By Robert Galston and Christopher Friesen
The nucleus of Winnipeg’s urban form was the west side of Main Street between the Portage trail and what is now McDermot Avenue. Here was where a row of wood frame hotels, general stores, and saloons cropped up alongside each other in the 1860s. A generation later, this was still the commercial heart of the city, but after a devastating fire in 1898, the seven-storey McIntyre office building was constructed there.
The McIntyre building would stand until the late 1970s, when it was demolished rather unceremoniously. Since then, the land has been used as an unpaved parking lot.
There is something disturbing about this parking lot, and the questions it raises about Winnipeg. Particularly, what does it say that a viable heritage building could be demolished without any plan to replace it with something? More broadly, what does it say that the historical and economic heart of Western Canada’s first city has featured a sprawling, muddy parking lot for nearly 40 years?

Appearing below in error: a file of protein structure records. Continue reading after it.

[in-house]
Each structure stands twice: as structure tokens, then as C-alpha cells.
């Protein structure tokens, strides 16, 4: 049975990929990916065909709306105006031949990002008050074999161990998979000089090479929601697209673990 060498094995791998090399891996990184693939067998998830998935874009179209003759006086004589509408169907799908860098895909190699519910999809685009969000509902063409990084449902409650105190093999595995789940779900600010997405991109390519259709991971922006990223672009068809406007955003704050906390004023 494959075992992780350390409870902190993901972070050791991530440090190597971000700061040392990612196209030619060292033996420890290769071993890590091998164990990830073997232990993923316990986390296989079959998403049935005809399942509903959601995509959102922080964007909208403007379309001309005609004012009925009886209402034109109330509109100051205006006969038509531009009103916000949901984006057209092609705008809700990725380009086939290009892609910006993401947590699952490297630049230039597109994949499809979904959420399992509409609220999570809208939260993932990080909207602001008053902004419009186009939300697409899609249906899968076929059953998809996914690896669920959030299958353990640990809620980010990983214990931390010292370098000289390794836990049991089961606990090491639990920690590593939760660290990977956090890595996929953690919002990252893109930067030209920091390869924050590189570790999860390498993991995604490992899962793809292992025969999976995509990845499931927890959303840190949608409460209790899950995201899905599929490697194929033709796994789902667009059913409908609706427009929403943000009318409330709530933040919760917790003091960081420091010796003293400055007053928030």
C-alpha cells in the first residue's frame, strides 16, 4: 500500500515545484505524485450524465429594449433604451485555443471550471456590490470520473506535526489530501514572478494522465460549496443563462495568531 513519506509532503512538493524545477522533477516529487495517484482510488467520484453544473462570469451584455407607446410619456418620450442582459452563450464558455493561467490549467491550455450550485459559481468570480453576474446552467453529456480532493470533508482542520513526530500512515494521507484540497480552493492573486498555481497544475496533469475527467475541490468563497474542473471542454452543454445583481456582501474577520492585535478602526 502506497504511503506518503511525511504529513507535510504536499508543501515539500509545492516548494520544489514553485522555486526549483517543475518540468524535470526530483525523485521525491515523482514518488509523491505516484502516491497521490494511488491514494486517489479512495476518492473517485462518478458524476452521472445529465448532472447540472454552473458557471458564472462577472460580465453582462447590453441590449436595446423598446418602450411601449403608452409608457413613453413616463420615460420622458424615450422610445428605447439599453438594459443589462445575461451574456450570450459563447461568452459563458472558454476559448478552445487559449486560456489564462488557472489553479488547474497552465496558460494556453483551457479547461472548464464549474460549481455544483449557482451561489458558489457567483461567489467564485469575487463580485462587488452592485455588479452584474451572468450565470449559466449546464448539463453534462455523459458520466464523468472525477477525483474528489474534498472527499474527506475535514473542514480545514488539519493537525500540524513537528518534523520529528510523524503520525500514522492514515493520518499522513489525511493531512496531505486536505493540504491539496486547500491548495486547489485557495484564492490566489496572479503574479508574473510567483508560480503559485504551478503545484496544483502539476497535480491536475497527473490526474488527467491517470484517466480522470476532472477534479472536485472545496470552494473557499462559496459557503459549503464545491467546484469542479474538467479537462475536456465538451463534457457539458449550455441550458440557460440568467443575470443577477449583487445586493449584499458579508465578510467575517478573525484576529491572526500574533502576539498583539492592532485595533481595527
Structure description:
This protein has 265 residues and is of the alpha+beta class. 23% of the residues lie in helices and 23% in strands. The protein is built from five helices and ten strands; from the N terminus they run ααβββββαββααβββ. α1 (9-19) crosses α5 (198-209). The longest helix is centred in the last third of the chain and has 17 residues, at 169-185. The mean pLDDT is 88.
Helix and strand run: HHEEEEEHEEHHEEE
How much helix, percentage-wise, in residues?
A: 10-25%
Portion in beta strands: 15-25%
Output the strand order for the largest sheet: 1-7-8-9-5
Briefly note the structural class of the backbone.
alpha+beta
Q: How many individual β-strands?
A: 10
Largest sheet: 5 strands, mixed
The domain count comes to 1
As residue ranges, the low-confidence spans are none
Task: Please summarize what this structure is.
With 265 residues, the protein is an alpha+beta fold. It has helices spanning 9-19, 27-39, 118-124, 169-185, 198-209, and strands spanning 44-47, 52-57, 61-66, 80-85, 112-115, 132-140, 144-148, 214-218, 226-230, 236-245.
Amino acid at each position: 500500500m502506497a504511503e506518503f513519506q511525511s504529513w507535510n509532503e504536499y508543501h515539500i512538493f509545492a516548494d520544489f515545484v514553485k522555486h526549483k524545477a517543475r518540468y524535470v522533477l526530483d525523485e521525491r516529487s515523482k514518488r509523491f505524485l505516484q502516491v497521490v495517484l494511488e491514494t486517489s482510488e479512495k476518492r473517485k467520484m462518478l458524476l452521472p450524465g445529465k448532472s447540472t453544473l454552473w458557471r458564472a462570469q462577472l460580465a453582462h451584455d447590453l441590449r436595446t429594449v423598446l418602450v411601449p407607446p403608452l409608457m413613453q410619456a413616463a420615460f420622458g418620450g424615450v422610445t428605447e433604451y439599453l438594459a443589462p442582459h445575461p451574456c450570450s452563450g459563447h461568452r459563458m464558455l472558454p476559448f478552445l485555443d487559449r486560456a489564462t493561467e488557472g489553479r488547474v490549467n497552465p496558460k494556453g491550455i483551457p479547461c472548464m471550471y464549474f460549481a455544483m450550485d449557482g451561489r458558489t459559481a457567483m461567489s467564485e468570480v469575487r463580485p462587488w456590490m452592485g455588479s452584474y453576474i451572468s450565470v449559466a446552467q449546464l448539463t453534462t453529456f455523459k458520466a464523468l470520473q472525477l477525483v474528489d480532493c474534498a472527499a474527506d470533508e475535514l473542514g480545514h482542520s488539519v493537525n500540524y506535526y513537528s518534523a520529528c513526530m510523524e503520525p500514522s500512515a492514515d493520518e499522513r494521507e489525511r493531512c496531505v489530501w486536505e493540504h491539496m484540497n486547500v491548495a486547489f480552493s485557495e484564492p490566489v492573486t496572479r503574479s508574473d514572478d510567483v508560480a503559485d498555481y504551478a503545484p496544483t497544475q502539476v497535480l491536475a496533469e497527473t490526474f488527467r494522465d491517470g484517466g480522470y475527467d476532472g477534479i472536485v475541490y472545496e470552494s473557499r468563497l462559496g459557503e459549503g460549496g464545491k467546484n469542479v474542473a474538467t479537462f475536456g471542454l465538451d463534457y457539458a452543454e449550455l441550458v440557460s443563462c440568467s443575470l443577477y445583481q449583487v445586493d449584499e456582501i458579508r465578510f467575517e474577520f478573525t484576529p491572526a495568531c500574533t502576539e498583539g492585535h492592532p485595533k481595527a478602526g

This is one of many large parking lots featured in the recent work of photographer Christopher Friesen. The lack of cars seen using these lots, and the complete absence of any attempt at maintenance or landscaping, only highlight their stark vacuity. The tall buildings seen rising isolated from ground nearby and the walls of urbanism viewed in the distance offer little reassurance.
While downtown’s parking lots have never been particularly popular, they seem to be a grudgingly accepted feature of the landscape. Friesen’s images confront us, and help show us that these large surface parking lots are not simply a dull part of the urban fabric, but are a violent interruption of that fabric.
Words by Robert Galston
Photos by Chris Friesen